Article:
Rhino Security Labs

Assume the Worst:
Enumerating AWS Roles through ‘AssumeRole’

August 29, 2018

Disclaimer: As always, use Pacu and similar AWS pentesting tools responsibly.
Only test against your own AWS accounts, or those you are authorized for.

Introduction: AWS IAM Roles

Amazon Web Services (AWS) IAM roles are sets of permissions that serve as a common way to delegate access to users or services. Roles can be bestowed to internal and external IAM users, AWS services, applications, and even external user accounts outside of AWS. Roles leveraged by users enable additional permissions for certain tasks. Applications using roles gain the access needed to transact with AWS services without the need to permanently embed an AWS key. Anytime additional access needs to be temporarily granted, IAM roles are a common go-to solution.

Assuming IAM roles is the process of obtaining the set of permissions designated by the role, along with the corresponding temporary credentials. When an entity assumes a role, the Security Token Service (STS) issues a set of role credentials which serve as a security token to access the environment. Assuming a role can occur via the AWS Management Console, or programmatically via PowerShell, the AWS CLI, or the SDK’s for various programming languages. For more granular control, additional policies can also be applied to the request to further limit the role permissions. Requests made after the role is assumed are performed with this new identity, although CloudTrail logs can be used to discern the underlying entity.

AWS Account ID Exposure

AWS account IDs uniquely identify every AWS account and are more sensitive than you might think. While divulging the ID does not directly expose an account to compromise, an attacker can leverage this information in other attacks. A reasonable effort should be made to keep AWS account IDs private, but in practice, they are often exposed to the public unintentionally.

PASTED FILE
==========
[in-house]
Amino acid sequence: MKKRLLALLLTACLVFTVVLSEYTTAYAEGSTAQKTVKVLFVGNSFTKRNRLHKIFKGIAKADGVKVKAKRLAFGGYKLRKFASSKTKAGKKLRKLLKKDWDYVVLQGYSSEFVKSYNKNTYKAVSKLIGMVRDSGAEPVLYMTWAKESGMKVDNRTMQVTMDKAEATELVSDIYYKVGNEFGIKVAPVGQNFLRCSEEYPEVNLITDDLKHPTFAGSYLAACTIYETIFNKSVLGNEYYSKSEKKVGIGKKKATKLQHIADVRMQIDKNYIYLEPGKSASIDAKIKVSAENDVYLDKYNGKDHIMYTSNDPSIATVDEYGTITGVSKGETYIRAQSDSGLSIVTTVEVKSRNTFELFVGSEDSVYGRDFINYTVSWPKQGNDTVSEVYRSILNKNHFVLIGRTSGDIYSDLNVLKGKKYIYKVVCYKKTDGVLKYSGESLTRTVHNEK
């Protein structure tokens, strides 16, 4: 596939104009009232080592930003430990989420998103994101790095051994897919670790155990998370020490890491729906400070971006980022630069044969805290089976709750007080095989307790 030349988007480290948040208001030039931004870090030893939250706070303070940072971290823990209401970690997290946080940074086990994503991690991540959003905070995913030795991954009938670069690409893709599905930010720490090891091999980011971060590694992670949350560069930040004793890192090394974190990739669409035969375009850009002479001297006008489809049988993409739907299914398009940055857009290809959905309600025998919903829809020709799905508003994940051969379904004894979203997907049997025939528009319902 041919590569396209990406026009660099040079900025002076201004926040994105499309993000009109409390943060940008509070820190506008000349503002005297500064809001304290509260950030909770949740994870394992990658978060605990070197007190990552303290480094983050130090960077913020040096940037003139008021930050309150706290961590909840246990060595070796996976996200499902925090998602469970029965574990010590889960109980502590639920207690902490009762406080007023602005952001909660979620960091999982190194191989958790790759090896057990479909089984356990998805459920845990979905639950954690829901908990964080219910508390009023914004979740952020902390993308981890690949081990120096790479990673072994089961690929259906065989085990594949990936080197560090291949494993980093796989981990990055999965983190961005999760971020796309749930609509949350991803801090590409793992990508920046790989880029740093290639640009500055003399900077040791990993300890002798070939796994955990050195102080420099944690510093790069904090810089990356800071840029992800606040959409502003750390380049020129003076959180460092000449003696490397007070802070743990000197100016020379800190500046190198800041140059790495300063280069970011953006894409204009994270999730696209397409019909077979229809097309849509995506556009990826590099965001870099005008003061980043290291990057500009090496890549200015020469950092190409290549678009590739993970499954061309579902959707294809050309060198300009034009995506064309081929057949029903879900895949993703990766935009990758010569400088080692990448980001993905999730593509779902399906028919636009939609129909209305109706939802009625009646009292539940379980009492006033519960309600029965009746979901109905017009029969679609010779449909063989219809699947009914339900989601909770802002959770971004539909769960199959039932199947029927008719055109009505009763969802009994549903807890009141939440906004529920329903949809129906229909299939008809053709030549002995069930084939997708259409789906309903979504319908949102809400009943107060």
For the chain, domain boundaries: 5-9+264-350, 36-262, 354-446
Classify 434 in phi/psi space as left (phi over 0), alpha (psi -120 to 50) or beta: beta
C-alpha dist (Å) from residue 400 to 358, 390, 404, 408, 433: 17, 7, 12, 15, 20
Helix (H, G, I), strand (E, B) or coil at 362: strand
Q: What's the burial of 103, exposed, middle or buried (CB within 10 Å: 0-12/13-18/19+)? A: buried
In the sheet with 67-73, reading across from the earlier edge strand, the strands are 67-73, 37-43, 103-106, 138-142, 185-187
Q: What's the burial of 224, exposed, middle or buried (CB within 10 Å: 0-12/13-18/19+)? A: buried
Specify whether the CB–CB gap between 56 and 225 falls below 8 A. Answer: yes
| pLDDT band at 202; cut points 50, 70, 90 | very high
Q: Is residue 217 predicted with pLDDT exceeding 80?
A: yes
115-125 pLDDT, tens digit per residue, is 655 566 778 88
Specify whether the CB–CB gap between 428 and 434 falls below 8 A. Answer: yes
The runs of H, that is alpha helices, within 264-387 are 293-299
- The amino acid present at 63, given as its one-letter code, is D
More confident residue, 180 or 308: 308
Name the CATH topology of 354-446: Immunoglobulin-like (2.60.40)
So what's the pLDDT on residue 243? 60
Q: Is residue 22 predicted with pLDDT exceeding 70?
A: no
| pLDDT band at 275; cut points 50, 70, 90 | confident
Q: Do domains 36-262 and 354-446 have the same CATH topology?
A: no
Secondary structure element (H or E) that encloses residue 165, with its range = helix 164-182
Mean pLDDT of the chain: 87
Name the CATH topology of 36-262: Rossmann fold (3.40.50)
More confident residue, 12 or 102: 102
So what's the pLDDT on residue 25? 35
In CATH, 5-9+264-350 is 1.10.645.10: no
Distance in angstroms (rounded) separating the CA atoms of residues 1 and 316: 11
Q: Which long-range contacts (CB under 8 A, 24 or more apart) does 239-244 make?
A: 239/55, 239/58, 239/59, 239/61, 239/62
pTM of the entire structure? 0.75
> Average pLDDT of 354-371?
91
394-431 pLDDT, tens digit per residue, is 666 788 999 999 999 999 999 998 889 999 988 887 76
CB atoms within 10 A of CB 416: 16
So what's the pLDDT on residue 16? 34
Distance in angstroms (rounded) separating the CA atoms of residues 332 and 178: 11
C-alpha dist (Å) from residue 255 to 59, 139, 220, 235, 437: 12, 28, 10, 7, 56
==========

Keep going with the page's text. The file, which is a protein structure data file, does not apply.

Account IDs are commonly leaked via:

  • Screenshots
  • GitHub and other code repositories
  • Many AWS error messages (even access denied)
  • Public EBS snapshots (EC2 -> Snapshots -> Public Snapshots)
  • Public AMIs (EC2 -> AMIs -> Public images)
  • RDS public snapshots (RDS -> Snapshots -> All Public Snapshots)
  • People looking for troubleshooting help online and posting their ID

If an attacker has your ID, various attack scenarios become feasible, including resource enumeration (identifying existing roles, users, etc.), Lambda function invocation, and IAM role assumption.

This post — and the accompanying script we have released – address using an AWS account ID to identify existing roles. As an extension of this concept, attackers can go a step further and assume misconfigured IAM roles to gain unauthorized access.

IAM Role Enumeration

AWS verbose error messages disclose whether a role exists or not, allowing us to enumerate role names. During the testing process, we identified information leakage in the AWS responses, but we didn’t know if an account would be locked out after multiple failed attempts to assume a role. We ultimately discovered that a user could produce an arbitrary number of requests, making this enumeration technique highly scalable. It should also be noted that if AWS was blocking an account after a certain period, this would make the brute forcing process more difficult, but not impossible. By running this attack through a fragmented set of nodes and accounts, an attacker can bypass any IP or account-based blocking that may be in effect.

Simply enumerating role names can reveal:

  • which AWS services a company is using internally
  • internal software/stacks
  • names of IAM users (to target for social engineering)
  • 3rd party integrations being used (which could potentially be targeted separately)
    • A few common integrations we have observed include CloudSploit, Okta, and Datadog.

Once roles are enumerated, one can try to assume any open roles and pilfer the role credentials.

If you try to assume a role that you don’t have permissions to, AWS will output an error similar to:

An error occurred (AccessDenied) when calling the AssumeRole operation: User: arn:aws:iam::012345678901:user/MyUser is not authorized to perform: sts:AssumeRole on resource: arn:aws:iam::111111111111:role/aws-service-role/rds.amazonaws.com/AWSServiceRoleForRDS

This error message indicates that the role exists, but its assume role policy document does not allow you to assume it. By running the same command, but targeting a role that does not exist, AWS will return:

An error occurred (AccessDenied) when calling the AssumeRole operation: Not authorized to perform sts:AssumeRole